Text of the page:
Banks, brokerage firms, mortgage companies and anything related, this sector is a play on the financial economy.
Diversifying among sectors, not just among stocks
Most investors understand the importance of diversifying, at least as it relates to individual stocks.
But it’s at least as important to diversify between sectors too.
At any given time, some sectors are rising, some are falling and some are running in place. By spreading your investment capital you not only minimize the impact of a falling sector or two, but you also position yourself to take advantage of one that’s taking off.
Some sectors, such as growth and dividend stocks, tend to be mutually exclusive to a large extent. Growth stocks are more volatile, rocketing in bull markets but crashing in bear markets. But dividend stocks tend to rise more slowly in bull markets, but fall less dramatically in bear markets. Having both is a way to participate in growth, while limiting the negative affect of a fall out.
Using mutual funds and ETF’s to build a portfolio
Unless you’re a big time investor with a seven figure investment portfolio, it will be difficult to diversify between the various market sectors, then to also diversify in individual stocks within each sector.
That’s where mutual funds and ETF’s come to the rescue.
There are hundreds of different funds that invest in the various sectors of the market, making it easy to buy into a virtual portfolio of stocks in any sector you want. No load and low load funds make this less expensive than buying individual stocks and you also have the benefit of professional management by an expert in each sector.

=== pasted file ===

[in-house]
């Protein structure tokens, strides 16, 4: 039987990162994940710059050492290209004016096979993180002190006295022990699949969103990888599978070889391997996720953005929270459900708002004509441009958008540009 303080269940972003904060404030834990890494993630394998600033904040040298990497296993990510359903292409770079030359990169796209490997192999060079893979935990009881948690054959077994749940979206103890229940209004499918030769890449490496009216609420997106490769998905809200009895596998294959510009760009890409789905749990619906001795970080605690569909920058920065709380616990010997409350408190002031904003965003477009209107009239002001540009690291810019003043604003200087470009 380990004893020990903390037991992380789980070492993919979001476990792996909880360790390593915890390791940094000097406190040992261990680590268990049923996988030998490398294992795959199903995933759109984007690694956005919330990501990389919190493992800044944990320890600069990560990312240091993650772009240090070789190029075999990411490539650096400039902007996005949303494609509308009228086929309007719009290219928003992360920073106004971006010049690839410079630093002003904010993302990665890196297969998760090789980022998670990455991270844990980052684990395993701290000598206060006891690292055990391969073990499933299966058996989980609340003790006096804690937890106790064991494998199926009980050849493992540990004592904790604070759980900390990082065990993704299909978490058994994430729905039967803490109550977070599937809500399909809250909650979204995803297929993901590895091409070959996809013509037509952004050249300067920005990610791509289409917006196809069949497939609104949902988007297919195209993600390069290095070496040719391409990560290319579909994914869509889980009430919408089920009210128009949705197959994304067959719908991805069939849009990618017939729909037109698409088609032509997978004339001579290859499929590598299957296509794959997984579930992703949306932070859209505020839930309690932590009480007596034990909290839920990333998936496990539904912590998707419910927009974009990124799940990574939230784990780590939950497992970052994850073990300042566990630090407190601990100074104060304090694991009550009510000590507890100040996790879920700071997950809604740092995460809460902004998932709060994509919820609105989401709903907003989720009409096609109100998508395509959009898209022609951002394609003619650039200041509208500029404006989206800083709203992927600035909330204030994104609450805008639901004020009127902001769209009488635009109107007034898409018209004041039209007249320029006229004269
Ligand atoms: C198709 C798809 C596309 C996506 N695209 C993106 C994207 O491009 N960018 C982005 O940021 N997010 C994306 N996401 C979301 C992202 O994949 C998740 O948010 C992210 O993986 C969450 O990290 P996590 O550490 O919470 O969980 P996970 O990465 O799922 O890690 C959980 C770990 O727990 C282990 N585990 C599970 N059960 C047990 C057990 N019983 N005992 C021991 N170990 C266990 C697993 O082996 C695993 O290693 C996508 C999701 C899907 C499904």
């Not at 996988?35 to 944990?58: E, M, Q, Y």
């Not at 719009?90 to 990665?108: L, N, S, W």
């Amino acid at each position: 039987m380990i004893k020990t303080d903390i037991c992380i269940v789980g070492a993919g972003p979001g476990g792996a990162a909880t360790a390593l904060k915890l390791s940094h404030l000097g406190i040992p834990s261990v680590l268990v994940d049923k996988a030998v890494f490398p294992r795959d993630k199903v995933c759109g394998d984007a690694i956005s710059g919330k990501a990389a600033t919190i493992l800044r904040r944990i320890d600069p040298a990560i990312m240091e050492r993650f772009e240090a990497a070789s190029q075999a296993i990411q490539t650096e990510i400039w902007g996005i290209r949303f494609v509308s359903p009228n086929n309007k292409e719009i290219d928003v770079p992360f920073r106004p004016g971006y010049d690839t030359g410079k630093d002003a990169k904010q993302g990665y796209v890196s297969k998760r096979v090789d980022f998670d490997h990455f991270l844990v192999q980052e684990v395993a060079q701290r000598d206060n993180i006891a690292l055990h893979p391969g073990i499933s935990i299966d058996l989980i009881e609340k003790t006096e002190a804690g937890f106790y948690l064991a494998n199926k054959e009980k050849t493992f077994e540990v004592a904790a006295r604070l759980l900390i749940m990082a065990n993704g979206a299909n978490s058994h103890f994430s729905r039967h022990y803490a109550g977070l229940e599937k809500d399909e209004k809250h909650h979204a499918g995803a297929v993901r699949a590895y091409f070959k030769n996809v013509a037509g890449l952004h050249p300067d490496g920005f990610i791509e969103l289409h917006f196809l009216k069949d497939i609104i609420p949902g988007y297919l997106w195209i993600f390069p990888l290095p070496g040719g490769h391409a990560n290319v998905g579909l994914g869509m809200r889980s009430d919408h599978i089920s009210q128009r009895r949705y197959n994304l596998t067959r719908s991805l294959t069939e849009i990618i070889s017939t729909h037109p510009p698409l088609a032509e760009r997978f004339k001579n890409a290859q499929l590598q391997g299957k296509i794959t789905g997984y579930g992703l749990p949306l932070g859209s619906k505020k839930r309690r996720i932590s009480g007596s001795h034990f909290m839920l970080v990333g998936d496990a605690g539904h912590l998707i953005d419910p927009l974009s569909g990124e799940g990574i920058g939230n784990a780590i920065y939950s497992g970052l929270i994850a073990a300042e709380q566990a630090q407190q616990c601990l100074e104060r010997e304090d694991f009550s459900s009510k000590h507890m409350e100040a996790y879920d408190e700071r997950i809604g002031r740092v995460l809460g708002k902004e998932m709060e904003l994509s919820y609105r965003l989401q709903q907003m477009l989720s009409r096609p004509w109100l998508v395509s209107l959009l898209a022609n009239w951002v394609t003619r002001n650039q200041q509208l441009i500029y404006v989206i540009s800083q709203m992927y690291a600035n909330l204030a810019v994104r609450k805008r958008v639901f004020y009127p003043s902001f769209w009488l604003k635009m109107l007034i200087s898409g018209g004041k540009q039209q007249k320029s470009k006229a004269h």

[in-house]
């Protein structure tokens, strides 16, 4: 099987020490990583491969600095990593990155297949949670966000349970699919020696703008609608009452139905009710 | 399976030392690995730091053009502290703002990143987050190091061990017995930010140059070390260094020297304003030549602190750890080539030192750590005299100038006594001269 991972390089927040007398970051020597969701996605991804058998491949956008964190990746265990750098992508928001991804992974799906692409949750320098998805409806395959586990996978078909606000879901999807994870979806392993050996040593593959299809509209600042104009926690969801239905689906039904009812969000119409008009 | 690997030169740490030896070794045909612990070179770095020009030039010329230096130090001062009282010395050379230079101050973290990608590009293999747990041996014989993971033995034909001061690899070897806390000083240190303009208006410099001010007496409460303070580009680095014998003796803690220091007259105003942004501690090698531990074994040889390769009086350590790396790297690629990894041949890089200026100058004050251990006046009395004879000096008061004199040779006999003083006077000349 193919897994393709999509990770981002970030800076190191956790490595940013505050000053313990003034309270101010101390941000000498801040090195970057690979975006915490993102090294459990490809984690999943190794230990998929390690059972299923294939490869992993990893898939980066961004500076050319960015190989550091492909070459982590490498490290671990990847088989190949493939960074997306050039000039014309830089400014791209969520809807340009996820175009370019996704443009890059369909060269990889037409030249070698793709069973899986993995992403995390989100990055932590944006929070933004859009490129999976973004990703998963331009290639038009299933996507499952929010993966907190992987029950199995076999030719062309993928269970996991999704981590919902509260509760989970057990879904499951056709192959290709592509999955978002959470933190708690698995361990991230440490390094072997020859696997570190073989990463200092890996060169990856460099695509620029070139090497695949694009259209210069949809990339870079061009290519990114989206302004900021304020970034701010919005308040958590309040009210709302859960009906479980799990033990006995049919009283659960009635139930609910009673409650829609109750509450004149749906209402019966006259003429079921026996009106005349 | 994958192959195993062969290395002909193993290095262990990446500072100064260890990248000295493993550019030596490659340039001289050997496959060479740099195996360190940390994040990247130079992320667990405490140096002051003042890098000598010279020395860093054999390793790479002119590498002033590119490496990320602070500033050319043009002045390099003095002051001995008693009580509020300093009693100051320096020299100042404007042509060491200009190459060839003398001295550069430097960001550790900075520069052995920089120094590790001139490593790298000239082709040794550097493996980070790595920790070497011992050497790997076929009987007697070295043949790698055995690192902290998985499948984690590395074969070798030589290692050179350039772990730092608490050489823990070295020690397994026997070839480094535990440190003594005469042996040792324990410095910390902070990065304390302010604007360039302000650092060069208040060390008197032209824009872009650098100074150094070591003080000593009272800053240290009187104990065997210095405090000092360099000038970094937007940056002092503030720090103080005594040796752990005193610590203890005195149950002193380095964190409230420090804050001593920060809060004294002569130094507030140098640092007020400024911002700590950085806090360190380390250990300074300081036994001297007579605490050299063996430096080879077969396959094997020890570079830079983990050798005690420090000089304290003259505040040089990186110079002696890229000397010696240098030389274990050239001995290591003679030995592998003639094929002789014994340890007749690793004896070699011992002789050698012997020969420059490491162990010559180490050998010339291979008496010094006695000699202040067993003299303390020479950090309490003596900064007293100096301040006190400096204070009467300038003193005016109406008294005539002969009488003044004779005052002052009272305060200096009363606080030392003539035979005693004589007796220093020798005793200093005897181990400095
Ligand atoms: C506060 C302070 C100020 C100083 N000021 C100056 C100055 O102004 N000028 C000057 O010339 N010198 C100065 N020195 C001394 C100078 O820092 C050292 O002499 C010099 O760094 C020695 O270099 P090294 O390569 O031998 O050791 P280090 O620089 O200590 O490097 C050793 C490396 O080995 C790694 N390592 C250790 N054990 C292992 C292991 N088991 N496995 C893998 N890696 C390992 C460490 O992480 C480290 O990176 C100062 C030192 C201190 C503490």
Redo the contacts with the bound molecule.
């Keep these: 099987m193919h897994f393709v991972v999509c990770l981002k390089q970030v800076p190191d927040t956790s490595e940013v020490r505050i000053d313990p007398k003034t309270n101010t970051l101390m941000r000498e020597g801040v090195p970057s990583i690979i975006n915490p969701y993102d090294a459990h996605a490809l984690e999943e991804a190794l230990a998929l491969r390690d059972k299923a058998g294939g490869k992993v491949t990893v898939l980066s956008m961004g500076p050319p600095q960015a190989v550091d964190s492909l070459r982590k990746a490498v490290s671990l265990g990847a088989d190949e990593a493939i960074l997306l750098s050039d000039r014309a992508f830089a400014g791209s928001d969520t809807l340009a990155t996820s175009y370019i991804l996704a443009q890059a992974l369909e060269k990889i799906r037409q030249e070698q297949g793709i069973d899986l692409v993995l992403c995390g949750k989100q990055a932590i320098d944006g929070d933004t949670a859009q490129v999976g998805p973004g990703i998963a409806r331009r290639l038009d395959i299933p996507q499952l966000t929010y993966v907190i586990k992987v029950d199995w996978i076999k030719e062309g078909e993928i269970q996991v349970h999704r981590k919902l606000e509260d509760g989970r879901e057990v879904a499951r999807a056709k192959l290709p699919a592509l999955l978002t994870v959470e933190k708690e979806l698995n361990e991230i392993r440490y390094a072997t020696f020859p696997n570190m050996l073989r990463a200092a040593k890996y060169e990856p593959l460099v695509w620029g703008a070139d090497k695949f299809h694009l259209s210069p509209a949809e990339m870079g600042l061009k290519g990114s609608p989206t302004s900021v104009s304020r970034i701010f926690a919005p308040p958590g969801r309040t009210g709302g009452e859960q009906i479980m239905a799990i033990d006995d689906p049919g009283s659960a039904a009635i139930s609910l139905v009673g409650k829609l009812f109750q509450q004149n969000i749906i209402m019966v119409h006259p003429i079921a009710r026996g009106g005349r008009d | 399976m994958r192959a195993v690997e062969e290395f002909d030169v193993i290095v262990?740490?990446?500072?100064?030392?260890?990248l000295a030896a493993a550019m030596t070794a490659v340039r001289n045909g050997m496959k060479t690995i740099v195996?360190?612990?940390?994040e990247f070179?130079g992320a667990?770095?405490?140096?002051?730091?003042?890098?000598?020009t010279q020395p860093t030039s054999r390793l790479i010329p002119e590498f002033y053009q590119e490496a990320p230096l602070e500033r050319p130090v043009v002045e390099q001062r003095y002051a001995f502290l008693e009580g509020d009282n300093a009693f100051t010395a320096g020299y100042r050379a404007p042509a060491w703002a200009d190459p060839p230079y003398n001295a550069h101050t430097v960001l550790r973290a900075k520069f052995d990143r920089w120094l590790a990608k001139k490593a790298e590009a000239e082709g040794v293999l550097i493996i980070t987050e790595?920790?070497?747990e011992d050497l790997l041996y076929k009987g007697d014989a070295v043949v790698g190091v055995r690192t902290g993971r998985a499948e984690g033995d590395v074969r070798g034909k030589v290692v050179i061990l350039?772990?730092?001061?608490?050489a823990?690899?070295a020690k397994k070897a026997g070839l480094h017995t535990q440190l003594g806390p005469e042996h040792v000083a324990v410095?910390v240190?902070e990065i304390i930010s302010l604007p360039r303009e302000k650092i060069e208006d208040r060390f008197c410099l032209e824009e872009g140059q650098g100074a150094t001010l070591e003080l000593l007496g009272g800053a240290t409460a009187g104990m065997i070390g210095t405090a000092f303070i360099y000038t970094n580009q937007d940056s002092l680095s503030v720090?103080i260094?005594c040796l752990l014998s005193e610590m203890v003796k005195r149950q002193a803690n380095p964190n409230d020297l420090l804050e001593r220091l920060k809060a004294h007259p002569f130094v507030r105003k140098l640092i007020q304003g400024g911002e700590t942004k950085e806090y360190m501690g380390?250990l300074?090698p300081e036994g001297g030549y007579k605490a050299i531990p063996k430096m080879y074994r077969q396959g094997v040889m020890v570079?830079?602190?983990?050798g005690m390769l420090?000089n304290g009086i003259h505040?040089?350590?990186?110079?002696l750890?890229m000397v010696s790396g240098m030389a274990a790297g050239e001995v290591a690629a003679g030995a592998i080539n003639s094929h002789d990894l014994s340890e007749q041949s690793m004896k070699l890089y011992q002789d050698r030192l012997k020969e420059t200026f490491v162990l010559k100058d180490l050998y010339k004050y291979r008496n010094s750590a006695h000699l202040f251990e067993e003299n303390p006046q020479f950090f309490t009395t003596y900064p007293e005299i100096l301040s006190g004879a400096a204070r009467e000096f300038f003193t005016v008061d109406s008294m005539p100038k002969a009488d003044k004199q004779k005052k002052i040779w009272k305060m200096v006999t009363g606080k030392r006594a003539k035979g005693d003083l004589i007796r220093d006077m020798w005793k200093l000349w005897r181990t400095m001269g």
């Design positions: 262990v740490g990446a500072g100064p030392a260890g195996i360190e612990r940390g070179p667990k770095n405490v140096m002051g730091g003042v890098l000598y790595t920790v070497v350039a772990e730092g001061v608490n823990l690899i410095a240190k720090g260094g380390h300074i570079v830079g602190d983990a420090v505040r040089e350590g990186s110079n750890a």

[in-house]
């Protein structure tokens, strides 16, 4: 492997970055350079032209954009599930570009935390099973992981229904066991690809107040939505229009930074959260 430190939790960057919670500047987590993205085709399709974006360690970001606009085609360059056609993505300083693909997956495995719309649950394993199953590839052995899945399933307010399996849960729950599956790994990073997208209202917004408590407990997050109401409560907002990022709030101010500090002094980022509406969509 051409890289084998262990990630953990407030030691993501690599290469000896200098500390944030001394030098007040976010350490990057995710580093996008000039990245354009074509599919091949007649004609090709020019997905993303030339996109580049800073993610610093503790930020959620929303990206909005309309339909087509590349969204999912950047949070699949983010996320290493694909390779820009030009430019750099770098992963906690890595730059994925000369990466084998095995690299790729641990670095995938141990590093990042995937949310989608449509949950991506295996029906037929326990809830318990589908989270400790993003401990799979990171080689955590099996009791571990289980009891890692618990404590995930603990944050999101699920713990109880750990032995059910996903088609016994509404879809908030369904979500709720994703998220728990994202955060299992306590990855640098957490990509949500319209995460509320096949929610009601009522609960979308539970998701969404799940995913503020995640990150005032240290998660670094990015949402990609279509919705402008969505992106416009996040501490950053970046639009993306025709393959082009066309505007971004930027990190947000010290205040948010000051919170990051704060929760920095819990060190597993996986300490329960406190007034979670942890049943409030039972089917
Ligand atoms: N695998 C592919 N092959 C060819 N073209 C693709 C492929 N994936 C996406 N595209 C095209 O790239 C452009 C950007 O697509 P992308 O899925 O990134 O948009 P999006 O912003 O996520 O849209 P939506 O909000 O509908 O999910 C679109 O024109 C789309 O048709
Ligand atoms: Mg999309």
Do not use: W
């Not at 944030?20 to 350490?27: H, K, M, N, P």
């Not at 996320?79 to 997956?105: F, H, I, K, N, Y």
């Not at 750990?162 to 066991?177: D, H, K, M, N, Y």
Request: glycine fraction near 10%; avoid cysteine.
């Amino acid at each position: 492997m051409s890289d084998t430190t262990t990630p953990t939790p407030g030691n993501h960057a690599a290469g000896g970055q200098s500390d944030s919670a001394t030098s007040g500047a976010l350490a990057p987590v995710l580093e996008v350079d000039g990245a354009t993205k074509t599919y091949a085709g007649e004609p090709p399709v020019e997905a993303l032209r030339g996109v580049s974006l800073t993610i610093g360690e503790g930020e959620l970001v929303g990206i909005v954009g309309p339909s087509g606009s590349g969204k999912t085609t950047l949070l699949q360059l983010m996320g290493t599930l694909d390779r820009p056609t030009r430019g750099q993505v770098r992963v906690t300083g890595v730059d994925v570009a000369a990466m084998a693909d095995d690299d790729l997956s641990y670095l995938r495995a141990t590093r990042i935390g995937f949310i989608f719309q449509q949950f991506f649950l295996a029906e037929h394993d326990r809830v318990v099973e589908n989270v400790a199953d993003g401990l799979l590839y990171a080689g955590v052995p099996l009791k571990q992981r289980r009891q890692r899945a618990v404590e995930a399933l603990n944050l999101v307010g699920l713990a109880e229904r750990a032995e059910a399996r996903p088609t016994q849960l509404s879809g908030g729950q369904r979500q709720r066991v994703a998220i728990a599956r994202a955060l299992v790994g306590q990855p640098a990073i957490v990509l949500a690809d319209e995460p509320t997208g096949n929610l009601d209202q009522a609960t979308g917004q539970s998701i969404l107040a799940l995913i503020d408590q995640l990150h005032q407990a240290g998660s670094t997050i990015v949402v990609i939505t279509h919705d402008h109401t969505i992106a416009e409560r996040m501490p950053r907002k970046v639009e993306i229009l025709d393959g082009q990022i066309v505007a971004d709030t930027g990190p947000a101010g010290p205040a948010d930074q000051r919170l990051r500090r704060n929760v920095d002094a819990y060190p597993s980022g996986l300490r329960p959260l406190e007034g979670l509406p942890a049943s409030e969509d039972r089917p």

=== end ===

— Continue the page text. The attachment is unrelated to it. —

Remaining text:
The last point is especially important; while you might be able to become an expert in one, two, maybe three sectors, you probably won’t be able to master several, at least not enough to do so profitably (and that’s if you’re lucky enough to really be an expert in the sector).
If you use funds to diversify into the different sectors, your job will be limited to deciding when to buy, when to sell and how much to invest in each. The more tedious work of deciding which stocks to invest in will be handled by your funds managers.
This has a major advantage to you as an investor. Were you to invest in every sector imaginable, you’d basically diversify yourself into the general market; you could do that with an index fund. But if you spend your time studying a group of sectors, you could become familiar with their cycles, what external factors affect them, and eventually, discipline yourself to buy in when a sector is cheap and sell when it gets too pricey.
You could do that because you’d no longer be tracking stocks, but stock market sectors. That’s an easier job if only because there are a lot fewer sectors than there are stocks. That can only increase your chance of investment success.
You can see there are a good number of basic headings a stock could fall under, and any particular stock could be in more than one market sector. Knowing about the commonly used sectors can help you diversify your portfolio for a better return as well as give you a way to study the market without trying to learn about every single stock. These days it’s easy to follow a sector with a mutual fund or ETF.
Knowing what these sectors are is another aspect of knowing what the market is and will help you in better understanding your investments.